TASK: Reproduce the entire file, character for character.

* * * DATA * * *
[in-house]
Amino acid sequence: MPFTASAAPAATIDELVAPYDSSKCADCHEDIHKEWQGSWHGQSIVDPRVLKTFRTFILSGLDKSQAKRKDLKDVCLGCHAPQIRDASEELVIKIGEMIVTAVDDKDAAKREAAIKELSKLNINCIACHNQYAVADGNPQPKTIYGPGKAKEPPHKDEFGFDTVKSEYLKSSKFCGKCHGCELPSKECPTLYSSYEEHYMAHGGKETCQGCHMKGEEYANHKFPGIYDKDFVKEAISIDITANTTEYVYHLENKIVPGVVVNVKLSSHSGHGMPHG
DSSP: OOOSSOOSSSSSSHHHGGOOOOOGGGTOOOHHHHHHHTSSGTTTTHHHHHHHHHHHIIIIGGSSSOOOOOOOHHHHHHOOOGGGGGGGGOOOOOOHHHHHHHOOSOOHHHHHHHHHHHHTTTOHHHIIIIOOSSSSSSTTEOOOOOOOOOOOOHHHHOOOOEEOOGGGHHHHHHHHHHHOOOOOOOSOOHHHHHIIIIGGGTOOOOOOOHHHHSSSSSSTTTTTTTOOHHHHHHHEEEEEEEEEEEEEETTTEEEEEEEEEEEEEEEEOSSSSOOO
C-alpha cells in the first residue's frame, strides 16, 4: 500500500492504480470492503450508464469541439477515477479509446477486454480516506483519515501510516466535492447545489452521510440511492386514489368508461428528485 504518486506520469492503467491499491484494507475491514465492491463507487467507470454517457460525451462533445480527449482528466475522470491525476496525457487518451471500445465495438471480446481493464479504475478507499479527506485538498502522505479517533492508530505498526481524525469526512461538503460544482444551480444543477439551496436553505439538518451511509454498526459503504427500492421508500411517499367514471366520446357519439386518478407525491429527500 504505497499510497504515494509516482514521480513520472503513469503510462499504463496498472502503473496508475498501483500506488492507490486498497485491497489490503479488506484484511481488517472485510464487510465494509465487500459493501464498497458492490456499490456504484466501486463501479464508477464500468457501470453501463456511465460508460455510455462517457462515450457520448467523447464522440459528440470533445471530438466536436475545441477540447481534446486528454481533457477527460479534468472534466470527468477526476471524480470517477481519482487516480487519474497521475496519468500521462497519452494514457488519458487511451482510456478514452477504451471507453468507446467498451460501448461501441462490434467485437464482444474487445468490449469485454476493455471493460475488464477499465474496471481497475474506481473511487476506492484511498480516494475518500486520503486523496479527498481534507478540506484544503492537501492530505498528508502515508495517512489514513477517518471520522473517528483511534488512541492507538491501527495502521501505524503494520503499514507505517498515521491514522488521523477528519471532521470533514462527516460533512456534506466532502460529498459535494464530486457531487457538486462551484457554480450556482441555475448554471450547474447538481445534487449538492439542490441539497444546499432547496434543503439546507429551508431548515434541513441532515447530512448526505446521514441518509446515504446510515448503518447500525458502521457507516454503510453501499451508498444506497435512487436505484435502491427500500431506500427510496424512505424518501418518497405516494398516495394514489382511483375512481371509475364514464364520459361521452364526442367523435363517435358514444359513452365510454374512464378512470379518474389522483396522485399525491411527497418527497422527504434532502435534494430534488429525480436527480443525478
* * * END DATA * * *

[in-house]
Amino acid sequence: MPFTASAAPAATIDELVAPYDSSKCADCHEDIHKEWQGSWHGQSIVDPRVLKTFRTFILSGLDKSQAKRKDLKDVCLGCHAPQIRDASEELVIKIGEMIVTAVDDKDAAKREAAIKELSKLNINCIACHNQYAVADGNPQPKTIYGPGKAKEPPHKDEFGFDTVKSEYLKSSKFCGKCHGCELPSKECPTLYSSYEEHYMAHGGKETCQGCHMKGEEYANHKFPGIYDKDFVKEAISIDITANTTEYVYHLENKIVPGVVVNVKLSSHSGHGMPHG
DSSP: OOOSSOOSSSSSSHHHGGOOOOOGGGTOOOHHHHHHHTSSGTTTTHHHHHHHHHHHIIIIGGSSSOOOOOOOHHHHHHOOOGGGGGGGGOOOOOOHHHHHHHOOSOOHHHHHHHHHHHHTTTOHHHIIIIOOSSSSSSTTEOOOOOOOOOOOOHHHHOOOOEEOOGGGHHHHHHHHHHHOOOOOOOSOOHHHHHIIIIGGGTOOOOOOOHHHHSSSSSSTTTTTTTOOHHHHHHHEEEEEEEEEEEEEETTTEEEEEEEEEEEEEEEEOSSSSOOO
C-alpha cells in the first residue's frame, strides 16, 4: 500500500492504480470492503450508464469541439477515477479509446477486454480516506483519515501510516466535492447545489452521510440511492386514489368508461428528485 504518486506520469492503467491499491484494507475491514465492491463507487467507470454517457460525451462533445480527449482528466475522470491525476496525457487518451471500445465495438471480446481493464479504475478507499479527506485538498502522505479517533492508530505498526481524525469526512461538503460544482444551480444543477439551496436553505439538518451511509454498526459503504427500492421508500411517499367514471366520446357519439386518478407525491429527500 504505497499510497504515494509516482514521480513520472503513469503510462499504463496498472502503473496508475498501483500506488492507490486498497485491497489490503479488506484484511481488517472485510464487510465494509465487500459493501464498497458492490456499490456504484466501486463501479464508477464500468457501470453501463456511465460508460455510455462517457462515450457520448467523447464522440459528440470533445471530438466536436475545441477540447481534446486528454481533457477527460479534468472534466470527468477526476471524480470517477481519482487516480487519474497521475496519468500521462497519452494514457488519458487511451482510456478514452477504451471507453468507446467498451460501448461501441462490434467485437464482444474487445468490449469485454476493455471493460475488464477499465474496471481497475474506481473511487476506492484511498480516494475518500486520503486523496479527498481534507478540506484544503492537501492530505498528508502515508495517512489514513477517518471520522473517528483511534488512541492507538491501527495502521501505524503494520503499514507505517498515521491514522488521523477528519471532521470533514462527516460533512456534506466532502460529498459535494464530486457531487457538486462551484457554480450556482441555475448554471450547474447538481445534487449538492439542490441539497444546499432547496434543503439546507429551508431548515434541513441532515447530512448526505446521514441518509446515504446510515448503518447500525458502521457507516454503510453501499451508498444506497435512487436505484435502491427500500431506500427510496424512505424518501418518497405516494398516495394514489382511483375512481371509475364514464364520459361521452364526442367523435363517435358514444359513452365510454374512464378512470379518474389522483396522485399525491411527497418527497422527504434532502435534494430534488429525480436527480443525478